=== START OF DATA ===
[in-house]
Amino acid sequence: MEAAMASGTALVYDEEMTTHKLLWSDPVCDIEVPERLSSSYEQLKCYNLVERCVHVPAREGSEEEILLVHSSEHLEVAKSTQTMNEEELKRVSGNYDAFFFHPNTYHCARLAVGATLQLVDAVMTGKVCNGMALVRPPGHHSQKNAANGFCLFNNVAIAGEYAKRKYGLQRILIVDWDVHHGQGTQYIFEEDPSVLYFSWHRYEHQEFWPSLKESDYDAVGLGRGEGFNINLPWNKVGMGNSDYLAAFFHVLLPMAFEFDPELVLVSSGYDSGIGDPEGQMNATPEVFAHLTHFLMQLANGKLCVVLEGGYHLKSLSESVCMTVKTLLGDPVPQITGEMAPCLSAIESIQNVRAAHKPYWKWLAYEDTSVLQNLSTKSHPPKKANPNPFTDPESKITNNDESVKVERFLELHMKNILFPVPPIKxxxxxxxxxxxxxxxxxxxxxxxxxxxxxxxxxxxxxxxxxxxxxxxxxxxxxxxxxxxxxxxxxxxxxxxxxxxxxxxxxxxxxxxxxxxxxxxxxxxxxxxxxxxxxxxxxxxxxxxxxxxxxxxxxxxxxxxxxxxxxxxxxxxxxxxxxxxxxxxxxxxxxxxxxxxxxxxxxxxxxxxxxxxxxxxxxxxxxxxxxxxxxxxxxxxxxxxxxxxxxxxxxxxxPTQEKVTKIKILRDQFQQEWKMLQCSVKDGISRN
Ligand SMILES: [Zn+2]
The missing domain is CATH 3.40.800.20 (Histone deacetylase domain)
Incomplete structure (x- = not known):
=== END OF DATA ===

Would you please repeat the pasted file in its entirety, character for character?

[in-house]
Amino acid sequence: MEAAMASGTALVYDEEMTTHKLLWSDPVCDIEVPERLSSSYEQLKCYNLVERCVHVPAREGSEEEILLVHSSEHLEVAKSTQTMNEEELKRVSGNYDAFFFHPNTYHCARLAVGATLQLVDAVMTGKVCNGMALVRPPGHHSQKNAANGFCLFNNVAIAGEYAKRKYGLQRILIVDWDVHHGQGTQYIFEEDPSVLYFSWHRYEHQEFWPSLKESDYDAVGLGRGEGFNINLPWNKVGMGNSDYLAAFFHVLLPMAFEFDPELVLVSSGYDSGIGDPEGQMNATPEVFAHLTHFLMQLANGKLCVVLEGGYHLKSLSESVCMTVKTLLGDPVPQITGEMAPCLSAIESIQNVRAAHKPYWKWLAYEDTSVLQNLSTKSHPPKKANPNPFTDPESKITNNDESVKVERFLELHMKNILFPVPPIKxxxxxxxxxxxxxxxxxxxxxxxxxxxxxxxxxxxxxxxxxxxxxxxxxxxxxxxxxxxxxxxxxxxxxxxxxxxxxxxxxxxxxxxxxxxxxxxxxxxxxxxxxxxxxxxxxxxxxxxxxxxxxxxxxxxxxxxxxxxxxxxxxxxxxxxxxxxxxxxxxxxxxxxxxxxxxxxxxxxxxxxxxxxxxxxxxxxxxxxxxxxxxxxxxxxxxxxxxxxxxxxxxxxxPTQEKVTKIKILRDQFQQEWKMLQCSVKDGISRN
Ligand SMILES: [Zn+2]
The missing domain is CATH 3.40.800.20 (Histone deacetylase domain)
Incomplete structure (x- = not known):